Drumming and health


Group drumming is a form of recreational music-making to people regardless of musical experience, the term recreational being derived from the word, "recreatio" meaning "restoration to health."


Less stress...

Music can mitigate stress. In one recent study, neurologist Barry Bittman of the Mind-Body Wellness Centre in Meadville, Pennsylvania gathered a group of 10 people and had them beat hand drums for an hour while a music "facilitator" conducted. Afterward, Bittman took blood samples. The drummers, he found, had heightened levels of immune cells called natural killer cells that seek out and destroy both cancer cells and cells infected by viruses. A control group that read in silence experienced no such upsurge.


Catch The Beat...

Research has found that group drummers were significantly more elated, less depressed, and talked about deeper issues during the shared activity. Drummers also reported feeling more energetic, composed and confident...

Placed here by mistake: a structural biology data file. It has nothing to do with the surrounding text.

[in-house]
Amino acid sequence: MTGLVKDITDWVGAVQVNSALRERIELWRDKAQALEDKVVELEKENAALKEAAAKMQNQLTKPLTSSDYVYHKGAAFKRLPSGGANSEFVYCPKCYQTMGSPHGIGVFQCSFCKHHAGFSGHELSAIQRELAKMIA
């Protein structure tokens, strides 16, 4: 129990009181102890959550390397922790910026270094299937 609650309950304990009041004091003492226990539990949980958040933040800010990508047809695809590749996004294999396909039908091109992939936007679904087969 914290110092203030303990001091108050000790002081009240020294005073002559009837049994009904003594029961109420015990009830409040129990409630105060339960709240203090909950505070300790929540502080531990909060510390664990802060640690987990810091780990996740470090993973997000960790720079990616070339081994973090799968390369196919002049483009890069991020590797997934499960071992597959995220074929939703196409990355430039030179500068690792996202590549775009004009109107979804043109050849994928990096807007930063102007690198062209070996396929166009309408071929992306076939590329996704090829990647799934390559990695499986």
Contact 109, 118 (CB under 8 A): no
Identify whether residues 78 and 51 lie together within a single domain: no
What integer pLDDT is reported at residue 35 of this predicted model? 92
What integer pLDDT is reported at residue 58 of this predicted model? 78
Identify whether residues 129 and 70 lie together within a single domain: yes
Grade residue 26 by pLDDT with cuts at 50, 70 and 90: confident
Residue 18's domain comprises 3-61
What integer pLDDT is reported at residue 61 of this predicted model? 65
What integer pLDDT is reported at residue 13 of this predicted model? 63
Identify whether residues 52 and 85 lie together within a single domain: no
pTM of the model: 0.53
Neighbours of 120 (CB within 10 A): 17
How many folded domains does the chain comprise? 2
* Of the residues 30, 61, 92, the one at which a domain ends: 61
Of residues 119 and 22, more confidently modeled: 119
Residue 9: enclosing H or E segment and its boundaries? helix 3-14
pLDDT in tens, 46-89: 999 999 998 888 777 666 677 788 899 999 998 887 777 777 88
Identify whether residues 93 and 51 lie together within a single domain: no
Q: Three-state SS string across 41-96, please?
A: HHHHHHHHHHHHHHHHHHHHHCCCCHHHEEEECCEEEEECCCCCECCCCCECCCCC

Catch The Beat - benefits of group drumming

Research findings...

New AIDS research shows a definite link between macrophage cell numbers and susceptibility to disease. This connection was reported late last June after numerous women prostitutes in Africa were found to have an immunity to the AIDS virus. Research shows that what distinguishes these women from those who are susceptible is an extraordinarily high number of killer cells. Though these women are repeatedly exposed to multiple strains of AIDS, they remain healthy because their killer cells neutralize the viruses before they can get a foothold in the body.


World drum lessons >>

Perhaps you would like me to bring one of my workshops to your school, college, place of work or drumming circle? Please feel free to contact me.

Many thanks
Graeme Hare B.Mus(hons)

World drumming

Percussion instruments of the world:


These are North African drums


Indian Tabla drums get their unique sound from the solid clay disc in the centre of the drum skin


The Bodhran hails from the British Isles and is common in Irish, Scottish and Folk music, and is played with a small beater